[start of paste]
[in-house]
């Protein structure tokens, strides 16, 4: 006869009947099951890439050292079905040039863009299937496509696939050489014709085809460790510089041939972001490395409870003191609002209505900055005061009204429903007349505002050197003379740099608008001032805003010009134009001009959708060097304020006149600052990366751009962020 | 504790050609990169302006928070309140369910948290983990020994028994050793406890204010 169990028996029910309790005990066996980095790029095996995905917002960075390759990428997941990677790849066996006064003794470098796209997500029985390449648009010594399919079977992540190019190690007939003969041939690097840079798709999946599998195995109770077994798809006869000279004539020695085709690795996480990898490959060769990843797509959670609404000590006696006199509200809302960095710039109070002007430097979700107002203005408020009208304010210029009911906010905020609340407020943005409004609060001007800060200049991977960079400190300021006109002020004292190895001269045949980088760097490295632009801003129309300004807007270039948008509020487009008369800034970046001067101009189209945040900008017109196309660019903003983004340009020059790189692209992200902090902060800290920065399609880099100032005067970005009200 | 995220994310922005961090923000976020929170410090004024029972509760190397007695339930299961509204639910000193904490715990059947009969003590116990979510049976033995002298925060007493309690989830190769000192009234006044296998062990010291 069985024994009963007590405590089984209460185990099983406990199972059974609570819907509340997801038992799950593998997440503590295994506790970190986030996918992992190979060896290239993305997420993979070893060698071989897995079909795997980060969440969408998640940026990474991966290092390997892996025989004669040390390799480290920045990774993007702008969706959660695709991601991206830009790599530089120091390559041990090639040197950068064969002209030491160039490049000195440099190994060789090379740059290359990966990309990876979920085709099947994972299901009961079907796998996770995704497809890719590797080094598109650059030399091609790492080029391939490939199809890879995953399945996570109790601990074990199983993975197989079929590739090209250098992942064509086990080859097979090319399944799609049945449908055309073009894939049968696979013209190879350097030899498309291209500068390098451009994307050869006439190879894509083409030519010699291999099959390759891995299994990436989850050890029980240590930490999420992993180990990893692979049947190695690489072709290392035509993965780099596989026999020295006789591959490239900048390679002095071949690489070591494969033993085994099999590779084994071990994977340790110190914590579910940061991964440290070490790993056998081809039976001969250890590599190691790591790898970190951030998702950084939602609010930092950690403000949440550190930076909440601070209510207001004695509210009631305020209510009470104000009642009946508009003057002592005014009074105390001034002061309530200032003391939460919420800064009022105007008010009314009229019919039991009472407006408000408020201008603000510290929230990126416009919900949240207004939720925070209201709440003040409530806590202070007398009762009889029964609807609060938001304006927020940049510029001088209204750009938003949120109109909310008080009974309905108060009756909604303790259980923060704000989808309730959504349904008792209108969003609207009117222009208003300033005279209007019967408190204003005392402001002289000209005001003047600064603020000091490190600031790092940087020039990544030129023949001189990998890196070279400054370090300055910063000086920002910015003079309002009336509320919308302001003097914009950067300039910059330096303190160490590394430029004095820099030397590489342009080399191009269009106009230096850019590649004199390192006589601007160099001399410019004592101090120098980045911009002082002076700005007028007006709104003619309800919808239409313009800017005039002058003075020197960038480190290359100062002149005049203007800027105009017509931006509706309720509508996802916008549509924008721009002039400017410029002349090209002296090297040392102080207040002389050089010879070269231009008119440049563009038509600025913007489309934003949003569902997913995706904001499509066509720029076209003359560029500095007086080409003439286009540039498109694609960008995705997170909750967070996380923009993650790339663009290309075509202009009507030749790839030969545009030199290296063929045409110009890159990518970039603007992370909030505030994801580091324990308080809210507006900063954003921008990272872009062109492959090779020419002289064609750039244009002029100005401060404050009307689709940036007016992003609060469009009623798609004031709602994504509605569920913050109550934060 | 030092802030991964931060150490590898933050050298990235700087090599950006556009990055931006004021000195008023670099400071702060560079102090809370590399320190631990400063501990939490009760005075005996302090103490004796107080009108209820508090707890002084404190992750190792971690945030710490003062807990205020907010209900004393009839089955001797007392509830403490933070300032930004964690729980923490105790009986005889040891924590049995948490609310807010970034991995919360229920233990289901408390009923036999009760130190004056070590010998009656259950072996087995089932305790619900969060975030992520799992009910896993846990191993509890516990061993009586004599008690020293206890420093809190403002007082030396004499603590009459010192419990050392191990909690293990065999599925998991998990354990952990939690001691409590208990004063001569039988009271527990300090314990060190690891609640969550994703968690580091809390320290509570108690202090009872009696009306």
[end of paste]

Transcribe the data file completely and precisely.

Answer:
[in-house]
């Protein structure tokens, strides 16, 4: 006869009947099951890439050292079905040039863009299937496509696939050489014709085809460790510089041939972001490395409870003191609002209505900055005061009204429903007349505002050197003379740099608008001032805003010009134009001009959708060097304020006149600052990366751009962020 | 504790050609990169302006928070309140369910948290983990020994028994050793406890204010 169990028996029910309790005990066996980095790029095996995905917002960075390759990428997941990677790849066996006064003794470098796209997500029985390449648009010594399919079977992540190019190690007939003969041939690097840079798709999946599998195995109770077994798809006869000279004539020695085709690795996480990898490959060769990843797509959670609404000590006696006199509200809302960095710039109070002007430097979700107002203005408020009208304010210029009911906010905020609340407020943005409004609060001007800060200049991977960079400190300021006109002020004292190895001269045949980088760097490295632009801003129309300004807007270039948008509020487009008369800034970046001067101009189209945040900008017109196309660019903003983004340009020059790189692209992200902090902060800290920065399609880099100032005067970005009200 | 995220994310922005961090923000976020929170410090004024029972509760190397007695339930299961509204639910000193904490715990059947009969003590116990979510049976033995002298925060007493309690989830190769000192009234006044296998062990010291 069985024994009963007590405590089984209460185990099983406990199972059974609570819907509340997801038992799950593998997440503590295994506790970190986030996918992992190979060896290239993305997420993979070893060698071989897995079909795997980060969440969408998640940026990474991966290092390997892996025989004669040390390799480290920045990774993007702008969706959660695709991601991206830009790599530089120091390559041990090639040197950068064969002209030491160039490049000195440099190994060789090379740059290359990966990309990876979920085709099947994972299901009961079907796998996770995704497809890719590797080094598109650059030399091609790492080029391939490939199809890879995953399945996570109790601990074990199983993975197989079929590739090209250098992942064509086990080859097979090319399944799609049945449908055309073009894939049968696979013209190879350097030899498309291209500068390098451009994307050869006439190879894509083409030519010699291999099959390759891995299994990436989850050890029980240590930490999420992993180990990893692979049947190695690489072709290392035509993965780099596989026999020295006789591959490239900048390679002095071949690489070591494969033993085994099999590779084994071990994977340790110190914590579910940061991964440290070490790993056998081809039976001969250890590599190691790591790898970190951030998702950084939602609010930092950690403000949440550190930076909440601070209510207001004695509210009631305020209510009470104000009642009946508009003057002592005014009074105390001034002061309530200032003391939460919420800064009022105007008010009314009229019919039991009472407006408000408020201008603000510290929230990126416009919900949240207004939720925070209201709440003040409530806590202070007398009762009889029964609807609060938001304006927020940049510029001088209204750009938003949120109109909310008080009974309905108060009756909604303790259980923060704000989808309730959504349904008792209108969003609207009117222009208003300033005279209007019967408190204003005392402001002289000209005001003047600064603020000091490190600031790092940087020039990544030129023949001189990998890196070279400054370090300055910063000086920002910015003079309002009336509320919308302001003097914009950067300039910059330096303190160490590394430029004095820099030397590489342009080399191009269009106009230096850019590649004199390192006589601007160099001399410019004592101090120098980045911009002082002076700005007028007006709104003619309800919808239409313009800017005039002058003075020197960038480190290359100062002149005049203007800027105009017509931006509706309720509508996802916008549509924008721009002039400017410029002349090209002296090297040392102080207040002389050089010879070269231009008119440049563009038509600025913007489309934003949003569902997913995706904001499509066509720029076209003359560029500095007086080409003439286009540039498109694609960008995705997170909750967070996380923009993650790339663009290309075509202009009507030749790839030969545009030199290296063929045409110009890159990518970039603007992370909030505030994801580091324990308080809210507006900063954003921008990272872009062109492959090779020419002289064609750039244009002029100005401060404050009307689709940036007016992003609060469009009623798609004031709602994504509605569920913050109550934060 | 030092802030991964931060150490590898933050050298990235700087090599950006556009990055931006004021000195008023670099400071702060560079102090809370590399320190631990400063501990939490009760005075005996302090103490004796107080009108209820508090707890002084404190992750190792971690945030710490003062807990205020907010209900004393009839089955001797007392509830403490933070300032930004964690729980923490105790009986005889040891924590049995948490609310807010970034991995919360229920233990289901408390009923036999009760130190004056070590010998009656259950072996087995089932305790619900969060975030992520799992009910896993846990191993509890516990061993009586004599008690020293206890420093809190403002007082030396004499603590009459010192419990050392191990909690293990065999599925998991998990354990952990939690001691409590208990004063001569039988009271527990300090314990060190690891609640969550994703968690580091809390320290509570108690202090009872009696009306």